I did not like White Noise (1985). I thought it collapses under the weight of its own shallowness, that the gradual leeching of humanity from its main characters as they become constructs, empty soulless parodies of themselves and white middle-class America in the mid-nineteen-eighties, also removes anything remotely interesting from their problems and lives and that that is the point. I can also never remember what happens in the final third of the novel and neither can anyone else I know who has read it.
Jack Gladney is a college professor of “Hitler Studies” who has invented a middle initial to create a sense of gravitas, who doesn’t speak German and never mentions the Holocaust, preferring to focus on analysing the significance of Nazi SS uniforms and the mechanics of parades that induce mass hysteria. His wife Babette teaches people to walk properly and their blended family mostly eats processed food and watches TV. Jack and Babette fear death; this fear dominates their lives, until an event that threatens their family and neighbourhood forces them to engage with this fear on a visceral level and by then I cared so very very little about any of this.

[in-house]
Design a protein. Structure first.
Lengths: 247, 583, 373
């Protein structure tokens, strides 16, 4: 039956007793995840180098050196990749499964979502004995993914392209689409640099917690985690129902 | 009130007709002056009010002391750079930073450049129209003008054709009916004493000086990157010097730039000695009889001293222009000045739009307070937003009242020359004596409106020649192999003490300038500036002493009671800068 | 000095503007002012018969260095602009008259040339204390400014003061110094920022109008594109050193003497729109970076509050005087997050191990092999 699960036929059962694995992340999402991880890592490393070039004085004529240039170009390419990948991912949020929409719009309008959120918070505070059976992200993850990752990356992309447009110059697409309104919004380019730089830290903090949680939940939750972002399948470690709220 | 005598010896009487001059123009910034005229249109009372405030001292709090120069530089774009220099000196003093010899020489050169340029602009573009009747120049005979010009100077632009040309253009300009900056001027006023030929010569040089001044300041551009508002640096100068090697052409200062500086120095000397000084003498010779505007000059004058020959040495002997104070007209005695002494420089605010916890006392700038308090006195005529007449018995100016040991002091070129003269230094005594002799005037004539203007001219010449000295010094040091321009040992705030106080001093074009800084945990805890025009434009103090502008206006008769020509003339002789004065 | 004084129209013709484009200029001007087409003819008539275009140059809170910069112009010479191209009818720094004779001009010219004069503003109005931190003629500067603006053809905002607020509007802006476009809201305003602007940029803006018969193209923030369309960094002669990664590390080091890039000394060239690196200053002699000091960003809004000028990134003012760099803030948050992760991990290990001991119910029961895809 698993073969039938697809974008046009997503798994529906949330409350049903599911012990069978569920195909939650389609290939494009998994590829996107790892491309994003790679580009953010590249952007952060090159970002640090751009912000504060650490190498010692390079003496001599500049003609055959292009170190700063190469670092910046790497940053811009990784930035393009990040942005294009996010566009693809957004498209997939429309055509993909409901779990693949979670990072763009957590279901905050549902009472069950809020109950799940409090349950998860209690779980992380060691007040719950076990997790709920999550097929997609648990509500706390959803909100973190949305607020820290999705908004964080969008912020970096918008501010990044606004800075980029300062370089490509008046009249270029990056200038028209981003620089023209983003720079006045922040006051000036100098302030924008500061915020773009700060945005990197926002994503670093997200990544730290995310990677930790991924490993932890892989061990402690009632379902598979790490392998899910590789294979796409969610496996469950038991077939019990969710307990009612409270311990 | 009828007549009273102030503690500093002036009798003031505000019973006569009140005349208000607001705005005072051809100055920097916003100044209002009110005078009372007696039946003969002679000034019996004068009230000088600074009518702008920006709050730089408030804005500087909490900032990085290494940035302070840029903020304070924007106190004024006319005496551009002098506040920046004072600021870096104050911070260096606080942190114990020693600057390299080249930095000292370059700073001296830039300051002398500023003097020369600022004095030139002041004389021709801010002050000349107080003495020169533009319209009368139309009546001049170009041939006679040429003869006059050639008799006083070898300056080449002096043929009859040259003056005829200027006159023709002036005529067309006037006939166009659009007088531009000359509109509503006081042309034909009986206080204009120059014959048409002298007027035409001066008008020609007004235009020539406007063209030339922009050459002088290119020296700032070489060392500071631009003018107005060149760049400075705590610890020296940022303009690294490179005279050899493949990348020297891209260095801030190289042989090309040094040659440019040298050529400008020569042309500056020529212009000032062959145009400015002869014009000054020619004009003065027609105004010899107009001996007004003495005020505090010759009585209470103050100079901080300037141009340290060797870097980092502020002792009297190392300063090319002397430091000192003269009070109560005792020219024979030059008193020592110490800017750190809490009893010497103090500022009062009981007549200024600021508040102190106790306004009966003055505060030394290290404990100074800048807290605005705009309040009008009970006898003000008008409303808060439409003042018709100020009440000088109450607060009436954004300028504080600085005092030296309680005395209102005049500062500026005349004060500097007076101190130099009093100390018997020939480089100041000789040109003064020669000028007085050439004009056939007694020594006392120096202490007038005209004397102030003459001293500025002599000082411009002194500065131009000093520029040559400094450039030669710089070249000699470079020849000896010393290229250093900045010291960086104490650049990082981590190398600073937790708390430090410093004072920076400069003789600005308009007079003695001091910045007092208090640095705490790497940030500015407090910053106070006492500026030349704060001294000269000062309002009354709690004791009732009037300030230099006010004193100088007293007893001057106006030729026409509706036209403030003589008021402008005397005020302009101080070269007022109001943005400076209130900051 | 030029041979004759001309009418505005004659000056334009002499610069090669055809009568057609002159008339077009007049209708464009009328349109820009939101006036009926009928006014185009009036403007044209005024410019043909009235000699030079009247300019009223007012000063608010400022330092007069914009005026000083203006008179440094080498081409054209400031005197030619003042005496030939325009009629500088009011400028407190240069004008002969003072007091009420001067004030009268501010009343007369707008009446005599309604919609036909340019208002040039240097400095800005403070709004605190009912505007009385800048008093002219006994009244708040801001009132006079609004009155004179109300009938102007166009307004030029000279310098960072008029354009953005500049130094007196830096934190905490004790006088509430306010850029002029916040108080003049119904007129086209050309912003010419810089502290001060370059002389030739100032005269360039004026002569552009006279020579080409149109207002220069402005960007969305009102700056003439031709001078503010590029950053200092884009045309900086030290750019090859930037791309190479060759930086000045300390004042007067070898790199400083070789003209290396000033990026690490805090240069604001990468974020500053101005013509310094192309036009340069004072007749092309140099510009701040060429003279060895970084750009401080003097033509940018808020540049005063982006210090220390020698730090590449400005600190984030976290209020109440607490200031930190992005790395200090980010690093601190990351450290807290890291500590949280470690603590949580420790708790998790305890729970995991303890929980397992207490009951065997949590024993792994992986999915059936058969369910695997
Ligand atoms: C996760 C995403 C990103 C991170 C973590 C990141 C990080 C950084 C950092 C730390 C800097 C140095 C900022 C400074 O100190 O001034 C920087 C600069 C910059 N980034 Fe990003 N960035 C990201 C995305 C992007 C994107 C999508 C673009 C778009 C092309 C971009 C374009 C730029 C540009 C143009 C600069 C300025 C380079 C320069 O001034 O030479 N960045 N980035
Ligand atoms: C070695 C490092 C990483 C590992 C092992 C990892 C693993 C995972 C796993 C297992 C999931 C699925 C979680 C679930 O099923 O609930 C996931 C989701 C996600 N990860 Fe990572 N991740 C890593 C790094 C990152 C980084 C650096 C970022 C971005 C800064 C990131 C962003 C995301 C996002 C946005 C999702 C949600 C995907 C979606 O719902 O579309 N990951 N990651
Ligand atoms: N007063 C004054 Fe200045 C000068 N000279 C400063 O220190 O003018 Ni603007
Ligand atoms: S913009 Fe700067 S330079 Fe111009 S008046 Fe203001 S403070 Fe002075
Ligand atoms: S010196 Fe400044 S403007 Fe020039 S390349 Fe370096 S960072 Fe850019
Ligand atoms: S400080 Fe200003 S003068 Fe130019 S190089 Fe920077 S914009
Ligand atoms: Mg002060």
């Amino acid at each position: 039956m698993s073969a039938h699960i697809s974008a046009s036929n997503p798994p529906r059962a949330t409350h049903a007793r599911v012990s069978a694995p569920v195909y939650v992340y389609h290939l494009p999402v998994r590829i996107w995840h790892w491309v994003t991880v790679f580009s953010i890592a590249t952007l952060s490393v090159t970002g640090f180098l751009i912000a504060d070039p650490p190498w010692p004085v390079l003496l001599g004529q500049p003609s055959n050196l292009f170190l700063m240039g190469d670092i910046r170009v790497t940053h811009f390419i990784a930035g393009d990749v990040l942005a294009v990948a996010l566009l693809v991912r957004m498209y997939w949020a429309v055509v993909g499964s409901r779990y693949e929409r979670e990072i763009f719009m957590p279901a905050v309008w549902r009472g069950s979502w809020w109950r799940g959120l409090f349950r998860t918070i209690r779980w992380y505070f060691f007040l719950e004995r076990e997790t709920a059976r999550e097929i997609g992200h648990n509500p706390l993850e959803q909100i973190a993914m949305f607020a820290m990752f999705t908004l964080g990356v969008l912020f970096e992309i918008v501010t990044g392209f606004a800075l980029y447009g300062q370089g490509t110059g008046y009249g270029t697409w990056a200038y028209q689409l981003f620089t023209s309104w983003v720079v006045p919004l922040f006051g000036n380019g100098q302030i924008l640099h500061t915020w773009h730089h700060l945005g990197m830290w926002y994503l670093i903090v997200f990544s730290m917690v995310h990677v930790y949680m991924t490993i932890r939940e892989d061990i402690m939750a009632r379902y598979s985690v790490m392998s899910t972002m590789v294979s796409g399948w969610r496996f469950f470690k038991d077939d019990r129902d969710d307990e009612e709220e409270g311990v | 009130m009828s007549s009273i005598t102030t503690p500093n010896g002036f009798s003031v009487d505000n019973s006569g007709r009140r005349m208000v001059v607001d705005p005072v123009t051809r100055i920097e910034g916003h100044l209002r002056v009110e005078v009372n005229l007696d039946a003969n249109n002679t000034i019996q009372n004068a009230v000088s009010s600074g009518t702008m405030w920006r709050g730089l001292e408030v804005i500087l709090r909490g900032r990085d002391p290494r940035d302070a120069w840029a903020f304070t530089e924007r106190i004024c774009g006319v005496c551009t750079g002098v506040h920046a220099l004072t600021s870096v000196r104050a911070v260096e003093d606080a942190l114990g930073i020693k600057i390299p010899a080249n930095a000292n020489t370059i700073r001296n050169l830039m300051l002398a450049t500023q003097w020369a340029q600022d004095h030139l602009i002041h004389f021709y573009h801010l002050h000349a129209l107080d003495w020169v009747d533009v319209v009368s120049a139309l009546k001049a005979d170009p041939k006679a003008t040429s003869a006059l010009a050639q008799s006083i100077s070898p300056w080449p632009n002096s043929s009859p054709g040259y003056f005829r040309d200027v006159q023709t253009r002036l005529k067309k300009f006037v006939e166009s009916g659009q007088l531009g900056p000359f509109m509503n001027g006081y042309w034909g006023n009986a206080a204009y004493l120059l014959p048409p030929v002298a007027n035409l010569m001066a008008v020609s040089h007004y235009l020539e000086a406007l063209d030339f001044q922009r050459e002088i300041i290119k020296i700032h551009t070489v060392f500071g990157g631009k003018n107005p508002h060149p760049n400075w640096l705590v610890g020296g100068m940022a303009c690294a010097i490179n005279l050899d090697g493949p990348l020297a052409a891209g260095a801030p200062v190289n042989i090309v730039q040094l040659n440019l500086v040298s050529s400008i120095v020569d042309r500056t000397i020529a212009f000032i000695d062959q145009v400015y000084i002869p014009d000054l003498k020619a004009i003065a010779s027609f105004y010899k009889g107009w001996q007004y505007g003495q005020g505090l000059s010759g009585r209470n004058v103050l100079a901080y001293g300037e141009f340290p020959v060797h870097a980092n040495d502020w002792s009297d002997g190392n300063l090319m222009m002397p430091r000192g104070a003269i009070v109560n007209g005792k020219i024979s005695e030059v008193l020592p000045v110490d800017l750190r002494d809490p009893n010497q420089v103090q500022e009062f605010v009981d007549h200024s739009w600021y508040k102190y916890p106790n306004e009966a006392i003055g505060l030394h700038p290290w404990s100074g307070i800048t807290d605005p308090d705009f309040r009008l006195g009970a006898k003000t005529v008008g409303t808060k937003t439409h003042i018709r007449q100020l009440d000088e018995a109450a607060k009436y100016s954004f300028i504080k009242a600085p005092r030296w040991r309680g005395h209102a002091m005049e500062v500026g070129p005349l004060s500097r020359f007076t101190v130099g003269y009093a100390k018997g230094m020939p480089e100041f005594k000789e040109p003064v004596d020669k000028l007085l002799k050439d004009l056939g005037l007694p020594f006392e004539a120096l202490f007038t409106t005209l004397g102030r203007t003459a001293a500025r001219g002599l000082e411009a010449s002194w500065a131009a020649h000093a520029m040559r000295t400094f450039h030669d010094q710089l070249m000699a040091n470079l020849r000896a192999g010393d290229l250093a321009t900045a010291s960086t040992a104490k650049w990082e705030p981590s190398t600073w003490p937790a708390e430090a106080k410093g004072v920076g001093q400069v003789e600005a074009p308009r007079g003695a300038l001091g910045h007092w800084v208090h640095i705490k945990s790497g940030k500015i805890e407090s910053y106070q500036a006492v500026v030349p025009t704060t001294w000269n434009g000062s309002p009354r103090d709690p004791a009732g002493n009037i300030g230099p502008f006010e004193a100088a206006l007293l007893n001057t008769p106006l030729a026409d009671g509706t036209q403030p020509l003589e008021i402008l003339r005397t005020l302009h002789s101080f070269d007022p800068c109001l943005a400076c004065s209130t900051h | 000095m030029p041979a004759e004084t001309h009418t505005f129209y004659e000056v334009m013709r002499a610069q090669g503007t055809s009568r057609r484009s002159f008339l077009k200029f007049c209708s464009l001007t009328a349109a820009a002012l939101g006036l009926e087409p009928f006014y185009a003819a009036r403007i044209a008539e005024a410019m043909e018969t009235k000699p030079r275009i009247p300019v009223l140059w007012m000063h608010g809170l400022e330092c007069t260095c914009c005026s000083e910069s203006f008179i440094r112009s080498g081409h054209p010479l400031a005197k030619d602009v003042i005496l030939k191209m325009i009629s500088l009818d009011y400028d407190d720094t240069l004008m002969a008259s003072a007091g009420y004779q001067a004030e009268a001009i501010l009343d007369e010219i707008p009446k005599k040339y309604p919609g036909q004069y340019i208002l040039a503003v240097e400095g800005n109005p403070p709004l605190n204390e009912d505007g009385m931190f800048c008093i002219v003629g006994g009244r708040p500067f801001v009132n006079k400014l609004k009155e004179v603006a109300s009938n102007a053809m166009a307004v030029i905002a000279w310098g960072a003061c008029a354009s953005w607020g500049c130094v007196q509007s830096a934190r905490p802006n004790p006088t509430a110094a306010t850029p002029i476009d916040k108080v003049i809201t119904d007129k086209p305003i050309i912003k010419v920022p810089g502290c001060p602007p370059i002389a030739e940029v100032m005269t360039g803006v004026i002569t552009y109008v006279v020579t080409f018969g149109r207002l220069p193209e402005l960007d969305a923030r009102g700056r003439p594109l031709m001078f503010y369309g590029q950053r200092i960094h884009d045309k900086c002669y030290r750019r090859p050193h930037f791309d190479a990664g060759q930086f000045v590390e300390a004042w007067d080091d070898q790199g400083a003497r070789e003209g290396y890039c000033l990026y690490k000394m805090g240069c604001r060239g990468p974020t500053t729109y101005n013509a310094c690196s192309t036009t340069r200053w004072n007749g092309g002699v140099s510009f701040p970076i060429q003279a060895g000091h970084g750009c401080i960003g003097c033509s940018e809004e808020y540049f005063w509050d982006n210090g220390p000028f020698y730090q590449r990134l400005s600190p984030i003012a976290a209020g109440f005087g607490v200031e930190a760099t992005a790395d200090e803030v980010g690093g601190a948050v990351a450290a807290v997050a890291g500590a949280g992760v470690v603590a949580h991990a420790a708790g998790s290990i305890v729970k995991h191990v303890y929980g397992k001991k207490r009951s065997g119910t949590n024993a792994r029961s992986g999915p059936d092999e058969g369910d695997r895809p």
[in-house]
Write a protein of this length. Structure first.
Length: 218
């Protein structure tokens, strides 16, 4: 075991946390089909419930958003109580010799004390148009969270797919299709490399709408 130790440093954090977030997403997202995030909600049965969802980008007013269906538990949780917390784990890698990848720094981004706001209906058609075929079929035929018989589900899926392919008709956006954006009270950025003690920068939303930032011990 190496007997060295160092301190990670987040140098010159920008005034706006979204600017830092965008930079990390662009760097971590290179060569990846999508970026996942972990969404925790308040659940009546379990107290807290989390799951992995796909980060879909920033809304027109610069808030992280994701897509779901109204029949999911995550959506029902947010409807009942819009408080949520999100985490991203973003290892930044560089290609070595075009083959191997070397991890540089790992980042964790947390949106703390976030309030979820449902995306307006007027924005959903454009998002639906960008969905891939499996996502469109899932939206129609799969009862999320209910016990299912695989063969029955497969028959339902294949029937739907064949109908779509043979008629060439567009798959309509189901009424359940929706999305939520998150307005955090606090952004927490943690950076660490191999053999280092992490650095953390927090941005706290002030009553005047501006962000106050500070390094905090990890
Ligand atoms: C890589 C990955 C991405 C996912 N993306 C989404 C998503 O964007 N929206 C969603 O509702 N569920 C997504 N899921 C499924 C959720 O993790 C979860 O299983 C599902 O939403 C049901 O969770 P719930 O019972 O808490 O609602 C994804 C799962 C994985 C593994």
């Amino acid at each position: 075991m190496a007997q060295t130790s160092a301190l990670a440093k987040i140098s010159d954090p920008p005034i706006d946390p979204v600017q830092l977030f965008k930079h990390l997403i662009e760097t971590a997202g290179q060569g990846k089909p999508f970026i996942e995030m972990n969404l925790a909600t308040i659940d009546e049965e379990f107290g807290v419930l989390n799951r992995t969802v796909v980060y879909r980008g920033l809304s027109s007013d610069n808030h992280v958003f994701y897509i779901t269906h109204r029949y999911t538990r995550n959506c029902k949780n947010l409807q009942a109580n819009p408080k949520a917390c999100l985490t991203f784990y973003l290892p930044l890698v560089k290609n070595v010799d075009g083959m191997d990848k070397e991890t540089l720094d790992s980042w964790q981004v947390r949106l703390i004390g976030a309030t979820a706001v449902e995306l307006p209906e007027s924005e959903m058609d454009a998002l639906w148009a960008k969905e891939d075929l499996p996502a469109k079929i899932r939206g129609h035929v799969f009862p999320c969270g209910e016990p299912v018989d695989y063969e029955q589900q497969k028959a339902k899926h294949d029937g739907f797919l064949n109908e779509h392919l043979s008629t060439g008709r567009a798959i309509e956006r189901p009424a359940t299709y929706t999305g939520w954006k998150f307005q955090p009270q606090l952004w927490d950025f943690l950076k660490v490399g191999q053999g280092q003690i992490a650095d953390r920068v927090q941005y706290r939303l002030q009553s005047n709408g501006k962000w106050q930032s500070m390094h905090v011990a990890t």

White Noise could have been an enjoyable satire for me had it not seemed obsessed with taking itself beyond satire into a world of simulacra and multiple layers of metaness and then into a life-sucking vacuum, and were it not so very dreary and repetitive. It’s all quite clever and post-modern, obviously, and occasionally provokes a smirk of recognition, and a comment on consumer culture and modern psychotherapy and all sorts of incredibly relevant things-I can see why people admire, even like it, but I felt that it was more concerned with playing head games than being literature.